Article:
This collection of short (under 10 minute), introductory-level audio presentations are designed to build capacity for evidence-informed health promotion practice. Topics covered include planning, evaluation, health communication, policy development in general and alcohol policy development in particular.
These audio presentations are designed for practitioners who are new to a particular health promotion topic or skill, experienced individuals who are seeking a refresher and team leaders who are looking for structured models to apply across a group of employees, stakeholders or a specific project. The mandate of the Public Health Ontario's Health Promotion Capacity Building team is to support Ontario-based practitioners. However, these audio presentations are relevant for all those working in a Canadian context.
Each series of audio presentations covers a different topic or skill area. In general, upon completion of a series, you will be able to:
Each audio presentation is less than 10 minutes in length. These presentations include audio so speakers or headphones are required.
The focus of this audio presentation series is on the role of a comprehensive, policy-led approach to mitigating alcohol-related harms. The basics of policy as a health promotion strategy are introduced. World Health Organization research about key alcohol policy approaches for public health practitioners and policy-makers are explained.
Basics of Policy
In the first part, find out about the learning objectives for this series of presentations, learn about what policy is, and what makes for a ‘good’ health promoting policy.
Basics of Alcohol Policy
In part two, learn about the three broad evidence-informed tiers of alcohol policy and specific policy strategies within each.
Burden of Alcohol
Part three covers the burden of alcohol, which justifies the need for alcohol policies.
How alcohol policies can affect change and reduce the burden of alcohol is covered in part four. Policy facilitators and barriers are discussed as well.
Summary and Resources
Take home messages and supplementary resources are provided in part five, the final presentation in this series.
This audio presentation provides a brief overview of the six steps involved in planning evidence-informed health promotion programs. This presentation complements the introductory workbook.
Overview of the six-step planning processFind out about the learning objectives for the series, learn about the benefits of planning, and learn the six steps involved in the process.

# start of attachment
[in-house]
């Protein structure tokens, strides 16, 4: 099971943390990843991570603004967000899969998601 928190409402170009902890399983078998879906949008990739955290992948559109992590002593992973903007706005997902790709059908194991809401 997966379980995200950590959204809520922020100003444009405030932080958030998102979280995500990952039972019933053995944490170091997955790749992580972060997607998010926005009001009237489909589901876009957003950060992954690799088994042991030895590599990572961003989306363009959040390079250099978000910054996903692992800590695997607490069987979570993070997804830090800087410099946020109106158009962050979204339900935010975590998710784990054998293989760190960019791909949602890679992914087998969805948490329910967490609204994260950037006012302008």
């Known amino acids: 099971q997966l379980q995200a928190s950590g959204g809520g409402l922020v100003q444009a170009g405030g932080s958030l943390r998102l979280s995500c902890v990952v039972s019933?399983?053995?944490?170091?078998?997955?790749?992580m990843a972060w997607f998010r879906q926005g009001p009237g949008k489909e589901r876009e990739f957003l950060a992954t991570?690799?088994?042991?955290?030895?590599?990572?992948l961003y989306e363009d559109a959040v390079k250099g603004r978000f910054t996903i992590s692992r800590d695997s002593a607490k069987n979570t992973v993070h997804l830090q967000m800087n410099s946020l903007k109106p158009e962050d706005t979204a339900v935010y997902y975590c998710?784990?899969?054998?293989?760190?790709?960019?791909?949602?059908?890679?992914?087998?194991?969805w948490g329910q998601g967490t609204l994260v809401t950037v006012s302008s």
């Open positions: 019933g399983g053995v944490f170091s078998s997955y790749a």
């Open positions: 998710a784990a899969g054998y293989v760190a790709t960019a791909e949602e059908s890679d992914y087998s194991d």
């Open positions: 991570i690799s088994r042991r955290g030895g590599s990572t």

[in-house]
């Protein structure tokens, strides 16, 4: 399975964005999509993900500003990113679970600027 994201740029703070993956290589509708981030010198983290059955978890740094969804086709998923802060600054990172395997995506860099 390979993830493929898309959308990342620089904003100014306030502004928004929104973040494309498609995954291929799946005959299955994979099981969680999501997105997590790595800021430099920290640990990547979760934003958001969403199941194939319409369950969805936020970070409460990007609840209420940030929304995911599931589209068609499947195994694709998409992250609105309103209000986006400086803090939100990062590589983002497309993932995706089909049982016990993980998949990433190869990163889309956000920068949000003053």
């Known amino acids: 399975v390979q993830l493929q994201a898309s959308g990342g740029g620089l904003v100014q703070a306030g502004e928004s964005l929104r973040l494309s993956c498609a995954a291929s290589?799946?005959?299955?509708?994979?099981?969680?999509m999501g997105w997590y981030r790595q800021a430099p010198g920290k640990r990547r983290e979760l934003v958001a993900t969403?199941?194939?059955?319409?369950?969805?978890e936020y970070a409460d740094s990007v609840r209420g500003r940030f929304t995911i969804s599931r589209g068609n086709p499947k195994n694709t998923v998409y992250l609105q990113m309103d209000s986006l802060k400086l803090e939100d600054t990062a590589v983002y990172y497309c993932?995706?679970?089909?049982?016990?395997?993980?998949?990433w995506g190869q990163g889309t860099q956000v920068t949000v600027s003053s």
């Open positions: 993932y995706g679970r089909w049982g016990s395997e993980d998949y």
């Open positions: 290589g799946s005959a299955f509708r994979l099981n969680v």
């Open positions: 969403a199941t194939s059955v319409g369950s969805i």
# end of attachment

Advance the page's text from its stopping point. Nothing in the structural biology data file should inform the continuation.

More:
Manage the planning processLearn about step 1 in the planning process, and explore tips and tricks to manage the process and develop a workplan.
Conduct a situational assessmentFocus on situational assessment and discuss strategies to help you communicate your step 2 results.
Set goals, audiences of interest and objectivesFocus on differitating goals and objectives, defining audiences, and writing outcome objectives.
Choose strategies and activities and assign resourcesLearn to differentiate between strategies and activities, and write process objectives.
Develop indicators and review the planFocus on developing appropriate indicators, reviewing the program plan with a critical lense, and provides further support for the full process.
This six part audio presentation describes a ten-step process for evaluating health promotion programs. It complements the introductory workbook.
Overview of the ten-step evaluation processA definition of evaluation and a synopsis of the ten steps to conducting one.
Clarify the program.To plan a program evaluation, you need clarity about the program and what it is intended to accomplish.
Engage stakeholders.This step will help define information needs and intended uses of the evaluation.
Assess resources and evaluaibility. This step helps ensure the evaluation can be completed successfully with the resources available.
Determine evaluation questions.This step is about focusing the evaluation by selecting the most important questions, and identifying evaluation approaches that best suit those questions.
Determine appropriate methods of measurement and procedures. This step allows you to explore how, when and from whom you will collect data.
Develop evaluation plan. Learn about writing a plan to pull together the description of your program and how its activities link with the intended results.
Collect data. This step includes specifying and implementing procedures, pilot testing data collection tools and training data collectors.
Process data and analyse results. This step allows you to make sense of the data collected, and help answer the evaluation questions.
Interpret and disseminate results. This step is about explaining the significance of and sharing the results.
Apply evaluation findings. This step focuses on using the results to direct change and new thinking.
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